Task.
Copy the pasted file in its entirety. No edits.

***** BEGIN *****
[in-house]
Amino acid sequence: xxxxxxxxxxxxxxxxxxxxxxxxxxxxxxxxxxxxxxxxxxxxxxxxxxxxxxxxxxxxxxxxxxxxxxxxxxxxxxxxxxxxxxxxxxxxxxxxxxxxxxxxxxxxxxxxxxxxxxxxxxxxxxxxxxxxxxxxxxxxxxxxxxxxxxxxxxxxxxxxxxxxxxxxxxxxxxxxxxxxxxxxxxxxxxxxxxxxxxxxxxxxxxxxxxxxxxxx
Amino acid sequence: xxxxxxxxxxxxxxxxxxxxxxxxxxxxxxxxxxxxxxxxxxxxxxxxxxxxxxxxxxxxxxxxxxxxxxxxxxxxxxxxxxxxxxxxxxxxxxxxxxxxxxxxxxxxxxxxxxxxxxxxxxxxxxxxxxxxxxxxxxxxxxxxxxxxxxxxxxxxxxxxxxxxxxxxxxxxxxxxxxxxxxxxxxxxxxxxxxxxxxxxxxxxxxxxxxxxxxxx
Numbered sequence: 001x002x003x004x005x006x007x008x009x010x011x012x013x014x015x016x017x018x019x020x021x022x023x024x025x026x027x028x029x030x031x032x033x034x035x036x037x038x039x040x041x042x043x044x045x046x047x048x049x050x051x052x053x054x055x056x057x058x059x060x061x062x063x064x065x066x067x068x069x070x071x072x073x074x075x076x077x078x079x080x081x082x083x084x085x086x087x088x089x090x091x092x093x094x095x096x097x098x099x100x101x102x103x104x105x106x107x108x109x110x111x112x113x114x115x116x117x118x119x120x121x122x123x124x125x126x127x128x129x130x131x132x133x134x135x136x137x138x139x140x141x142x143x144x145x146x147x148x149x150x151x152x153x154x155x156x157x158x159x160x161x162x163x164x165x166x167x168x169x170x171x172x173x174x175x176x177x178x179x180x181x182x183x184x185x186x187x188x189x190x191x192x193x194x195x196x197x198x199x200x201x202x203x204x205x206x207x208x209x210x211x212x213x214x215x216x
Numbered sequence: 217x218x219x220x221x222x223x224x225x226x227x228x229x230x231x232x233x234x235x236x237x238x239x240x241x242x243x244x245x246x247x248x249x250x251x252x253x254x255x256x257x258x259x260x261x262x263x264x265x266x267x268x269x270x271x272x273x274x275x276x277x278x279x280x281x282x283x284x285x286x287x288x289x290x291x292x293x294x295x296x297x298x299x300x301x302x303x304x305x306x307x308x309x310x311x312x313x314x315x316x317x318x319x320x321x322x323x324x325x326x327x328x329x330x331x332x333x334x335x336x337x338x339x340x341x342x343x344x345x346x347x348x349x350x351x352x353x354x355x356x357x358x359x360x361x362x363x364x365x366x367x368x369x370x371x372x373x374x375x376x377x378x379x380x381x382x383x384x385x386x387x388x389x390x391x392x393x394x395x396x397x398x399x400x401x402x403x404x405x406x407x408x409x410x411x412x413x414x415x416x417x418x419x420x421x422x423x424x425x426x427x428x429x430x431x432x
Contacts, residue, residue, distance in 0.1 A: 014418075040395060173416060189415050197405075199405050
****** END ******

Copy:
[in-house]
Amino acid sequence: xxxxxxxxxxxxxxxxxxxxxxxxxxxxxxxxxxxxxxxxxxxxxxxxxxxxxxxxxxxxxxxxxxxxxxxxxxxxxxxxxxxxxxxxxxxxxxxxxxxxxxxxxxxxxxxxxxxxxxxxxxxxxxxxxxxxxxxxxxxxxxxxxxxxxxxxxxxxxxxxxxxxxxxxxxxxxxxxxxxxxxxxxxxxxxxxxxxxxxxxxxxxxxxxxxxxxxxx
Amino acid sequence: xxxxxxxxxxxxxxxxxxxxxxxxxxxxxxxxxxxxxxxxxxxxxxxxxxxxxxxxxxxxxxxxxxxxxxxxxxxxxxxxxxxxxxxxxxxxxxxxxxxxxxxxxxxxxxxxxxxxxxxxxxxxxxxxxxxxxxxxxxxxxxxxxxxxxxxxxxxxxxxxxxxxxxxxxxxxxxxxxxxxxxxxxxxxxxxxxxxxxxxxxxxxxxxxxxxxxxxx
Numbered sequence: 001x002x003x004x005x006x007x008x009x010x011x012x013x014x015x016x017x018x019x020x021x022x023x024x025x026x027x028x029x030x031x032x033x034x035x036x037x038x039x040x041x042x043x044x045x046x047x048x049x050x051x052x053x054x055x056x057x058x059x060x061x062x063x064x065x066x067x068x069x070x071x072x073x074x075x076x077x078x079x080x081x082x083x084x085x086x087x088x089x090x091x092x093x094x095x096x097x098x099x100x101x102x103x104x105x106x107x108x109x110x111x112x113x114x115x116x117x118x119x120x121x122x123x124x125x126x127x128x129x130x131x132x133x134x135x136x137x138x139x140x141x142x143x144x145x146x147x148x149x150x151x152x153x154x155x156x157x158x159x160x161x162x163x164x165x166x167x168x169x170x171x172x173x174x175x176x177x178x179x180x181x182x183x184x185x186x187x188x189x190x191x192x193x194x195x196x197x198x199x200x201x202x203x204x205x206x207x208x209x210x211x212x213x214x215x216x
Numbered sequence: 217x218x219x220x221x222x223x224x225x226x227x228x229x230x231x232x233x234x235x236x237x238x239x240x241x242x243x244x245x246x247x248x249x250x251x252x253x254x255x256x257x258x259x260x261x262x263x264x265x266x267x268x269x270x271x272x273x274x275x276x277x278x279x280x281x282x283x284x285x286x287x288x289x290x291x292x293x294x295x296x297x298x299x300x301x302x303x304x305x306x307x308x309x310x311x312x313x314x315x316x317x318x319x320x321x322x323x324x325x326x327x328x329x330x331x332x333x334x335x336x337x338x339x340x341x342x343x344x345x346x347x348x349x350x351x352x353x354x355x356x357x358x359x360x361x362x363x364x365x366x367x368x369x370x371x372x373x374x375x376x377x378x379x380x381x382x383x384x385x386x387x388x389x390x391x392x393x394x395x396x397x398x399x400x401x402x403x404x405x406x407x408x409x410x411x412x413x414x415x416x417x418x419x420x421x422x423x424x425x426x427x428x429x430x431x432x
Contacts, residue, residue, distance in 0.1 A: 014418075040395060173416060189415050197405075199405050